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Original Research ARTICLE Provisionally accepted The full-text will be published soon. Notify me

Front. Comput. Sci. | doi: 10.3389/fcomp.2019.00009

Control of automated guided vehicles without collision by quantum annealer

  • 1Tohoku University, Japan
  • 2Tokyo Institute of Technology, Japan
  • 3Denso (Japan), Japan

Recent advance on quantum devices realizes an artificial quantum spin system known as the D-Wave 2000Q, which implements the Ising model with tunable transverse field.
In this system, we perform a specific protocol of quantum annealing to attain the ground state, the minimizer of the energy.
Therefore the device is often called the quantum annealer.
However the resulting spin configurations are not always in the ground state.
It can rather quickly generate many spin configurations following the Gibbs-Boltzmann distribution.

In the present study, we formulate an Ising model to control a large number of automated guided vehicles in a factory without collision.
We deal with an actual factory in Japan, in which vehicles run, and assess efficiency of our formulation.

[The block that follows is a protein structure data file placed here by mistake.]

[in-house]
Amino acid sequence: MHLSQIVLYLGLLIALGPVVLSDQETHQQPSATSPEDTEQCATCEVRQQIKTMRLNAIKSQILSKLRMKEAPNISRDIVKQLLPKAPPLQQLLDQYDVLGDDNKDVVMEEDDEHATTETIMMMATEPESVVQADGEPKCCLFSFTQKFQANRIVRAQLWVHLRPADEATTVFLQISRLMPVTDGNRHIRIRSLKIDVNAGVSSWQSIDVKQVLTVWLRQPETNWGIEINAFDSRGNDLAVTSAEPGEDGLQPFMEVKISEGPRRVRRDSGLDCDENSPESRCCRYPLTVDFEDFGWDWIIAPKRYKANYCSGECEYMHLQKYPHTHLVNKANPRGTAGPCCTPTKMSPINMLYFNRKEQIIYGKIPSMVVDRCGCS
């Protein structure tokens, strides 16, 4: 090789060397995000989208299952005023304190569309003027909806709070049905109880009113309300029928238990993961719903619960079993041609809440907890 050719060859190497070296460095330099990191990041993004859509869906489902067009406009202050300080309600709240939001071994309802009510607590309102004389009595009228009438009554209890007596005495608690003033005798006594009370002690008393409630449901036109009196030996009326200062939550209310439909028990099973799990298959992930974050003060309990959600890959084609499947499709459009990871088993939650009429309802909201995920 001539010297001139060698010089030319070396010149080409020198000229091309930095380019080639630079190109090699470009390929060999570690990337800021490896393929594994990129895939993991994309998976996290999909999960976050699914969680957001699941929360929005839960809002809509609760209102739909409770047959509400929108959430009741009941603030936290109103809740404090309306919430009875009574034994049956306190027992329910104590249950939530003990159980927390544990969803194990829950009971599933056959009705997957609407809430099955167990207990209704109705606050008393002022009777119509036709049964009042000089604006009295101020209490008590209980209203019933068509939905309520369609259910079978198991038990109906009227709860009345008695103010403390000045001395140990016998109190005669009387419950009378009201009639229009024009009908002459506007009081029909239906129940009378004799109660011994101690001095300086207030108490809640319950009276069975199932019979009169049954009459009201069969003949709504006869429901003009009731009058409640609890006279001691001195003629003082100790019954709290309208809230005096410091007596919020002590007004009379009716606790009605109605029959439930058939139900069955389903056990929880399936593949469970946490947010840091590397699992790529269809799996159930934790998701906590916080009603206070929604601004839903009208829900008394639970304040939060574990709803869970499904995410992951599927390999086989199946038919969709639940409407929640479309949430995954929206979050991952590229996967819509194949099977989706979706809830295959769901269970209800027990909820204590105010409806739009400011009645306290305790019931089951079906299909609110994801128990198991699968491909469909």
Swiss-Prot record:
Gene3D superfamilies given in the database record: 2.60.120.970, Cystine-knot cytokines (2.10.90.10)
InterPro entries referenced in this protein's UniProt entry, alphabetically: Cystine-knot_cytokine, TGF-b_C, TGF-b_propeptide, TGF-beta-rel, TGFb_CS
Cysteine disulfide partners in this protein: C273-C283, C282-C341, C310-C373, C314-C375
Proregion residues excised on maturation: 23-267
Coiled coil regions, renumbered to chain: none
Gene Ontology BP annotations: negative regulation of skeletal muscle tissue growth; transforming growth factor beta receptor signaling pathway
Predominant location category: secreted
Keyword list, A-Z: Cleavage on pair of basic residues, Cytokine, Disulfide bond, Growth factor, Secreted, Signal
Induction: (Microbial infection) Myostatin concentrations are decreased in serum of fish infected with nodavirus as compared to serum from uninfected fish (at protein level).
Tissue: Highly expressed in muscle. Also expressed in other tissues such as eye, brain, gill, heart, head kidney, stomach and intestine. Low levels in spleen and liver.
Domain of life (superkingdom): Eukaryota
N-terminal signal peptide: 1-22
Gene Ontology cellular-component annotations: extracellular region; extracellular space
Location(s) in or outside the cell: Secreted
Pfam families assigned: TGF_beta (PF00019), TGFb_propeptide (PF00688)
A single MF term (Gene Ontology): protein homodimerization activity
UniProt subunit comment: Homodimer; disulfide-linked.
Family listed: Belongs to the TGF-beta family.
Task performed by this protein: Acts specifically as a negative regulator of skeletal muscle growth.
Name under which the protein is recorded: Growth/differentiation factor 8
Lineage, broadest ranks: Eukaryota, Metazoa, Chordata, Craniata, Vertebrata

Compared to the conventional powerful techniques performed in digital computer, still the quantum annealer does not show outstanding advantage in the practical problem.
Our study demonstrates a possibility of the quantum annealer to contribute solving industrial problems.

Keywords: Quantum Annealing, Automated guided vehicle (AGV), Optimization problem, Ising Model, Digital Annealer

Received: 19 Jan 2019; Accepted: 30 Oct 2019.

Copyright: © 2019 Ohzeki, Miki, Miyama and Terabe. This is an open-access article distributed under the terms of the Creative Commons Attribution License (CC BY). The use, distribution or reproduction in other forums is permitted, provided the original author(s) and the copyright owner(s) are credited and that the original publication in this journal is cited, in accordance with accepted academic practice. No use, distribution or reproduction is permitted which does not comply with these terms.

* Correspondence: Dr. Masayuki Ohzeki, Tohoku University, Aoba-ku, Sendai, Japan, mohzeki@tohoku.ac.jp